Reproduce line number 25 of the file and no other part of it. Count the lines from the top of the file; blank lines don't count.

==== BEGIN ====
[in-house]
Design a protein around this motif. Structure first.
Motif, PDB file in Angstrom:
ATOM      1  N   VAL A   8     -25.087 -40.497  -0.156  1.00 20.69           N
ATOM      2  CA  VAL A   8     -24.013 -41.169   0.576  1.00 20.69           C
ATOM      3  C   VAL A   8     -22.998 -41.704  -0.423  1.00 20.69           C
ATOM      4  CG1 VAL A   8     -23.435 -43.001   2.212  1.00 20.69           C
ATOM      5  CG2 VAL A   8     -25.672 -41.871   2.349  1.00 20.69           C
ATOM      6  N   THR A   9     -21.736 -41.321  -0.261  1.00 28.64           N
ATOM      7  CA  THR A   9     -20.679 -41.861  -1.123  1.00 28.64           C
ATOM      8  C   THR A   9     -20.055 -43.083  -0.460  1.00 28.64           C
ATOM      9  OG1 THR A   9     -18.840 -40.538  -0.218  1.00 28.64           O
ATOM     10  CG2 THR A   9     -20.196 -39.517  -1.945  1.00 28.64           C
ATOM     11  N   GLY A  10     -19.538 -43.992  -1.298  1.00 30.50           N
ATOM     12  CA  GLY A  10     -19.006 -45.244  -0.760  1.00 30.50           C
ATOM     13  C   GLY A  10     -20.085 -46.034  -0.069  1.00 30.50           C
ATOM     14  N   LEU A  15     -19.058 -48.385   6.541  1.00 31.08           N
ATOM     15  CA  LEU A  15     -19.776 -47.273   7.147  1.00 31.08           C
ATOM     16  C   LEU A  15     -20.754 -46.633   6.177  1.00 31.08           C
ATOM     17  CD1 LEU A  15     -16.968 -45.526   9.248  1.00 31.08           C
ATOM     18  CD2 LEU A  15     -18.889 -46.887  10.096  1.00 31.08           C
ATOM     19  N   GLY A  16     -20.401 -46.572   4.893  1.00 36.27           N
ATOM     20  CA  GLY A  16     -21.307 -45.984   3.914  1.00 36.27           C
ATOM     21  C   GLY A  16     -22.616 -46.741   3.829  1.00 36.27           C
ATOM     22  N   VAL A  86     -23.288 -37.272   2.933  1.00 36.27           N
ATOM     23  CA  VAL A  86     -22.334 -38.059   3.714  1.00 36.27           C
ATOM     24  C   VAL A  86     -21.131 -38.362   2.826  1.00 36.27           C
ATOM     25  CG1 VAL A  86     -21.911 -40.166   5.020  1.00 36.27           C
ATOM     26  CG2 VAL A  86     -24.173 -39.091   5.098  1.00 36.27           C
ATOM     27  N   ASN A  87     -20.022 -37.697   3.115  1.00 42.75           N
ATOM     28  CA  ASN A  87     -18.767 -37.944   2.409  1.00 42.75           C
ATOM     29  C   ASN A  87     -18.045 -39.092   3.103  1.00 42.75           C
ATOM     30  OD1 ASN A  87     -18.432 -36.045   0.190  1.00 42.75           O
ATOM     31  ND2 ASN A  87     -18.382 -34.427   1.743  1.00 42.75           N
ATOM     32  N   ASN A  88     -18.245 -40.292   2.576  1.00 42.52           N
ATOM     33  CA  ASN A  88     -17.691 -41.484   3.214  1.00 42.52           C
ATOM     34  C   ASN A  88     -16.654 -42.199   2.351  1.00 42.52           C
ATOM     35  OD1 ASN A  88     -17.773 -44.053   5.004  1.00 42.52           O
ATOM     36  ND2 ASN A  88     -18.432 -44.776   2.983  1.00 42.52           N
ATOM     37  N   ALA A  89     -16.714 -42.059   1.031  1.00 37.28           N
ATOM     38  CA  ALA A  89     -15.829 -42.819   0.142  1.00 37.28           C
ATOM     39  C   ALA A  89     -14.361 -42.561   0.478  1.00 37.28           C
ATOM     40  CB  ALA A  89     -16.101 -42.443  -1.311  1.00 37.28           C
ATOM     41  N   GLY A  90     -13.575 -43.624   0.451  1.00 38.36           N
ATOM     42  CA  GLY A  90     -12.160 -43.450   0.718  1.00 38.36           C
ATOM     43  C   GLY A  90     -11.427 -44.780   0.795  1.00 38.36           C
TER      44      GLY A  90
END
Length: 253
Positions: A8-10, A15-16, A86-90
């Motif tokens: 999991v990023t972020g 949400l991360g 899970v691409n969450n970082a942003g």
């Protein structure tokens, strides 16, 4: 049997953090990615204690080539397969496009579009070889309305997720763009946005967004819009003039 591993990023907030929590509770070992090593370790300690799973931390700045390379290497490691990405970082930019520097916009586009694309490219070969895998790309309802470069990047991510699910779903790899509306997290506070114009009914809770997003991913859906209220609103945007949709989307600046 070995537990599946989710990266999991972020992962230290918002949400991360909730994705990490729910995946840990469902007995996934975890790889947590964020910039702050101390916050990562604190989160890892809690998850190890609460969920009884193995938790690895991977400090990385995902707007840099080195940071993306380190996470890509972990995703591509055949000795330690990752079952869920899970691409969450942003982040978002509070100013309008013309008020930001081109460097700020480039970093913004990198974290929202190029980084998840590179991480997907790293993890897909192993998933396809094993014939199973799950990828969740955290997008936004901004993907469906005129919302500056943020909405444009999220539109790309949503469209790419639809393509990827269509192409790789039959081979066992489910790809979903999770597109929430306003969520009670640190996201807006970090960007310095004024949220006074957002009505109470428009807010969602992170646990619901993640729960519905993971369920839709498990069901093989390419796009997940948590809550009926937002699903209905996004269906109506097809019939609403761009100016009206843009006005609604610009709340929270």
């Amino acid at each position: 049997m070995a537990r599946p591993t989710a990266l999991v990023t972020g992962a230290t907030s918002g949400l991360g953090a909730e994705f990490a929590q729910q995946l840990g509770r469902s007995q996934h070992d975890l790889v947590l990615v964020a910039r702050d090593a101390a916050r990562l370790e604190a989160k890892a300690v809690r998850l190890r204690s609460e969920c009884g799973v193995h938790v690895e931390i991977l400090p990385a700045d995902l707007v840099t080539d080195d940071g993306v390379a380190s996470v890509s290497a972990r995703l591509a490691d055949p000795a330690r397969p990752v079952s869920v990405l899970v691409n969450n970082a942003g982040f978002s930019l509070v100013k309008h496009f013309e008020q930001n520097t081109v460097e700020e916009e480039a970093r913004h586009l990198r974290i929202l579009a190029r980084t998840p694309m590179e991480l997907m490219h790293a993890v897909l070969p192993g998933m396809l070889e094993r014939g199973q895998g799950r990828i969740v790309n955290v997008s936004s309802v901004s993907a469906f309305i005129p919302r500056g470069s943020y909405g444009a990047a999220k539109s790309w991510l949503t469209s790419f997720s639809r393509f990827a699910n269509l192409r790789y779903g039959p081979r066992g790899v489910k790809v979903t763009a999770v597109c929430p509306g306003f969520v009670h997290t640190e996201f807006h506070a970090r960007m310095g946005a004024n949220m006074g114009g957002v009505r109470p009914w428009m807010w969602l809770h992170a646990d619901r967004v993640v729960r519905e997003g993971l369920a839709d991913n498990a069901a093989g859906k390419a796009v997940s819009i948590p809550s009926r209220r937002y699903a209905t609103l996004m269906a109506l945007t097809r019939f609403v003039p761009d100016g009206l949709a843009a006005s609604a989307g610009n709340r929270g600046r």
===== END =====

ATOM     22  N   VAL A  86     -23.288 -37.272   2.933  1.00 36.27           N